Monthly Archives: July 2016

PB, The New Library, and Where Petitions Will Be This Week

This week’s edition of dna info West Ridge gives prominence to the petition drive to bring participatory budgeting (PB) to the 50th Ward. Under the banner headline “Residents Want Say on 50th Ward Budget,” Linze Rice details our story. If you missed the print edition, you can read the story here.

PB is democracy in action, not an attack on the alderman, not an attempt to usurp her statutory authority, not a comment on her leadership. It is a positive action designed to involve residents in ward decision-making. It has been successful in eight other wards, where citizens chose a variety of projects to fund, from community gardens to street lighting to improved access to public buildings for the disabled. Yes, we need to have the potholes filled, and, as part of the PB process, residents can choose to continue to spend all or part of the Ward’s menu money doing just that.

But the community may choose other options. For example, to date there has been no funding available for a feasibility study for the new library that West Ridge so desperately needs. But the amount is so small in relation to the menu money–about $30,000–that it could easily be appropriated through the PB process–and we’d be one step closer to making that new library a reality!

Have you signed the petition yet? If not, there are still several ways to do so.

Contact us at We are working throughout the neighborhood, and chances are we have a petition circulator near you or a volunteer who can stop by a your convenience.

You can attend National Night Out on Tuesday, August 2. Petition circulators will attend the events at Green Briar and Warren Parks.

You can come to the Northtown Library this week. On Monday and Wednesday, we’ll be inside from 10 a.m. until Noon. On Tuesday and Thursday, we’ll be inside from Non until 2 p.m. We’ll be stationed at Computer #2 all four days (that’s the large-screen computer facing the Circulation Desk). On Saturday, August 6, we will be in the library’s meeting room between 9 a.m. and Noon. Sunday, August 7, is the last day to sign; please contact us via email, to sign the petition then.

The signed and notarized petitions are due at the Chicago Board of Elections on Monday, August 8. After that, petition signatures can be challenged by PB opponents, and then we’ll have an opportunity to respond to those challenges.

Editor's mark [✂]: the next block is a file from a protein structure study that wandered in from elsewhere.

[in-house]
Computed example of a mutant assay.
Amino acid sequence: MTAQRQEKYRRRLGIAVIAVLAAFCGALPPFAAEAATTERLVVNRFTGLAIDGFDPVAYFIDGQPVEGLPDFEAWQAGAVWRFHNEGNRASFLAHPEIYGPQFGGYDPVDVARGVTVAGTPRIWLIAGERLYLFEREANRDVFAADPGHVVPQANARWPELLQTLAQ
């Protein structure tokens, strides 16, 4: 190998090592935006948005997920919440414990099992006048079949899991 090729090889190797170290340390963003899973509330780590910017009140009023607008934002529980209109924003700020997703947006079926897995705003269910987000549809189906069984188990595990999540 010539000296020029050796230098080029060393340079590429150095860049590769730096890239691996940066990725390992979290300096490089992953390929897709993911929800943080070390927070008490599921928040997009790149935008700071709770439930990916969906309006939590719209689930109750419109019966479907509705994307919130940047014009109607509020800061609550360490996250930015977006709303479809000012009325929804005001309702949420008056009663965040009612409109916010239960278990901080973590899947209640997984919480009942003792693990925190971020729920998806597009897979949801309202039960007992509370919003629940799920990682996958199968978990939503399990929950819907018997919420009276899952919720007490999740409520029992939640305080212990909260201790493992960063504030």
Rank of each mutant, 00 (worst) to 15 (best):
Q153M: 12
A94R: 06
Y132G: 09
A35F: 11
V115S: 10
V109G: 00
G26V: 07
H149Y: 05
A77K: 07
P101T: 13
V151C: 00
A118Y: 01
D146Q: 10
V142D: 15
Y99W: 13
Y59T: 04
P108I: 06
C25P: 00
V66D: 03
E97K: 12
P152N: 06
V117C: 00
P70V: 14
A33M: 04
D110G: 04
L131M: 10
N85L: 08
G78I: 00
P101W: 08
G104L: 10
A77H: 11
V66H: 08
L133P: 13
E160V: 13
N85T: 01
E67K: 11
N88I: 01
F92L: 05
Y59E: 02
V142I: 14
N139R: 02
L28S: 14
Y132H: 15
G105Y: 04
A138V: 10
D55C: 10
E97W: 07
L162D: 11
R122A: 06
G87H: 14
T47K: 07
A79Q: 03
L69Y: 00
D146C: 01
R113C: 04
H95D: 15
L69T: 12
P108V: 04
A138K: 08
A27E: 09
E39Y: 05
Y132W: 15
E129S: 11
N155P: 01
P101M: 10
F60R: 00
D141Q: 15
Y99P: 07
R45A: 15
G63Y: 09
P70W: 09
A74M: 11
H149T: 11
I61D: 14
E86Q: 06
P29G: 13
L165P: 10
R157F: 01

We’ll keep you posted on what happens.


Two More Weeks!

We have two more weeks to achieve our goal!

Volunteers have been working hard to secure enough signatures to add our referendum to November’s ballot. These last two weeks are critical – remember, we need signatures from 8% of the registered voters in each precinct to qualify for the ballot.  All signed and notarized petitions are due at the Chicago Board of Elections on August 8.

Have we missed you? Are you ready to sign? Are you able to work a few hours to help with the final push? Can you knock on a few doors in your building or on your block? Would you be able to pick up a few signatures at worship services this weekend? Let us know by e-mailing We can get one or more petitions to you fast.

Petition circulators will be at the Northtown Library from 9-11 a.m. this Saturday, July 23, and at the Jewel on Howard this Sunday from 1-5 p.m. as well as in various precincts, so le us know if you’ll be home and ready to add your name to the petition.

Help make participatory budgeting a reality in the 50th Ward!

And thanks.

How Was Menu Money Spent Citywide from 2012-2014?

Participatory budgeting (PB) gives residents a voice in how their ward’s menu money is spent.  The attached reports detail menu money spending in all fifty wards for 2012, 2013, and 2014. As you’ll see, the money can be spent solely on infrastructure improvements, such as lighting, trash cans, speed bumps, alley aprons, park improvements, and street resurfacing.

It’s interesting to compare the spending ward by ward, and to see the difference that citizen participation makes in those wards, like the 49th, where the process is resident-driven.

More information about PB and how it has worked since 2012 can be found here.

2012 MM

2013 MM

2014 MM


Sign the Participatory Budgeting Petition at Tonight’s Public Safety Meeting

Tonight the alderman is sponsoring a public safety meeting so the West Ridge community can meet Police Superintendent Eddie Johnson and the commanders of the two police districts that protect West Ridge residents, Roberto Nieves of the 24th and Elias Voulgaris of the 17th.